advocacy began throughout North America in 2009, explained Cohen. The idea for
the art exhibit started to take form last spring, when Cohen approached Zack
Gallery director Linda Lando.
“Linda was really receptive to the idea of the
show.… Once I had the green light from her, the support and use of the
gallery,” said Cohen, “I began to focus more on the theme.”
The theme of community and inclusion prompted
her next steps. She reached out to many different organizations and communities
and invited artists from all over the Lower Mainland to participate. The call
for submissions went out in late September, and the response was remarkable.
Fifty-two artists are included in the show.
“We have artists from Vancouver, Burnaby,
Richmond, North Vancouver, and even as far out as Cloverdale,” said Cohen.
“I’ve had the good fortune to meet all these new and amazingly creative people,
welcome them to our community centre, and make new friends along the way. It’s
been a joy. It broke my heart that I had to turn many away because of the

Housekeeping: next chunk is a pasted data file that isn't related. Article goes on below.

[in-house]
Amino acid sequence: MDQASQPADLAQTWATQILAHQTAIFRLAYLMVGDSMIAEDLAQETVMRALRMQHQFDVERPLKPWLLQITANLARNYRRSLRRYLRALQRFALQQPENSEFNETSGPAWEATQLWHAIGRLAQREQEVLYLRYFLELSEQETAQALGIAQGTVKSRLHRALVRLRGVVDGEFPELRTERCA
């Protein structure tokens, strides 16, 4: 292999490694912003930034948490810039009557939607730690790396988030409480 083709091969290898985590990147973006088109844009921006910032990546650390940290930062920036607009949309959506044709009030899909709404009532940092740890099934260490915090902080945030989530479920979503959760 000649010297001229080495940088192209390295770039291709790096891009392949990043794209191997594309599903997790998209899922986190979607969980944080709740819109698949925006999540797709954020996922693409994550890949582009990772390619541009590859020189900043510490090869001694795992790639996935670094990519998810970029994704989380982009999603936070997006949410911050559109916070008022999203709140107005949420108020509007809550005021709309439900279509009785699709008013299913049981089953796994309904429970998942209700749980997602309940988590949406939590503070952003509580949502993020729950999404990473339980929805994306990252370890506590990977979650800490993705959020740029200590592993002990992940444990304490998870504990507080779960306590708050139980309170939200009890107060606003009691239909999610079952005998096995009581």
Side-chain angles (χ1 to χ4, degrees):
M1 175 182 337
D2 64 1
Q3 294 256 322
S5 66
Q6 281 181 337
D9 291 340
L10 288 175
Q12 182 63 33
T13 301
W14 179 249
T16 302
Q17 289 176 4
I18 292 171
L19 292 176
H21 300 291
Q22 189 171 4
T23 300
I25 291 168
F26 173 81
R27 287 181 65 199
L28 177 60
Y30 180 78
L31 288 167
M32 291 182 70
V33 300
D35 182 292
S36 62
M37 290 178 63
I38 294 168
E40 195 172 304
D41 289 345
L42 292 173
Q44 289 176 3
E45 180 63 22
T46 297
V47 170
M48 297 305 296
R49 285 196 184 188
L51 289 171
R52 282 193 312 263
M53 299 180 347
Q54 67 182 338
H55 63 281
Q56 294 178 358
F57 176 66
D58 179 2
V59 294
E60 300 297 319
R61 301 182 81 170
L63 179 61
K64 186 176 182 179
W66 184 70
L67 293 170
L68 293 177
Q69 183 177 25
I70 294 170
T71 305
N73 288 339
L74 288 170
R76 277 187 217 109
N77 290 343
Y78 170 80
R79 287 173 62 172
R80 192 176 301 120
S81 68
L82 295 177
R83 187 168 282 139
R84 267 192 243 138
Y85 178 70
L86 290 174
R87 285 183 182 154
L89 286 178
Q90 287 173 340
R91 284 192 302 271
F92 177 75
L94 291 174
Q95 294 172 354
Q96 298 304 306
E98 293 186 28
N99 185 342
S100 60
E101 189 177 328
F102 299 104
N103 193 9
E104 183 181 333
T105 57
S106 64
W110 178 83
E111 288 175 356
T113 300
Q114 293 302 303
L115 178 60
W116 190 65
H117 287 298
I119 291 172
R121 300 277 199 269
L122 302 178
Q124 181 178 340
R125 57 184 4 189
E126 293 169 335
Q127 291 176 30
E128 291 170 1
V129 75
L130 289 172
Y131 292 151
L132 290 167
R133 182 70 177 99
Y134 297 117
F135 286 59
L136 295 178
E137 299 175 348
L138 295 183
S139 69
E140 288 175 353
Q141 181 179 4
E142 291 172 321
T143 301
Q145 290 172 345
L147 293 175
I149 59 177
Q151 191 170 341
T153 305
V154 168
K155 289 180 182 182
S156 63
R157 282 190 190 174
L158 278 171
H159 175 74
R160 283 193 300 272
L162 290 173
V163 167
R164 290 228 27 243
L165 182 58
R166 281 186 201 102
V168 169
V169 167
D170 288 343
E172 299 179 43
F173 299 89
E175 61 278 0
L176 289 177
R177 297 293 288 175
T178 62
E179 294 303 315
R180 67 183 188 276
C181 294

limited space in the gallery. I have artists who want to sign up for the next
year. There is so much excitement and so much more to say on this issue.”
To frame this exhibit, Cohen posed two
questions, which are being used in its promotional materials: “How do we make
meaning of the concept of community, the real and the imagined spaces we
inhabit? What does community longing look like and what are the possibilities
for belonging in an ever-changing world?”
“This show was a challenge and an invitation to
look at social problems creatively and critically,” Cohen told the Independent.
“It was also an opportunity for artists living with diverse needs to exhibit
their work in a professional venue and to receive exposure.
“I don’t think we are going to resolve the
problems of longing and belonging, or longing for belonging, any time soon. I
think we’ll always have people who are better situated and people whose social
networks are more tenuous. We should just keep having the conversations and
build up those connections. We create new platforms and new access points, new
opportunities for people to engage and tell their stories, whatever they look
like and from whatever lens, whether it be through mental health, sexual
identity, ability or socioeconomic status. We all have a story to tell.”
Cohen shared one example of how the show’s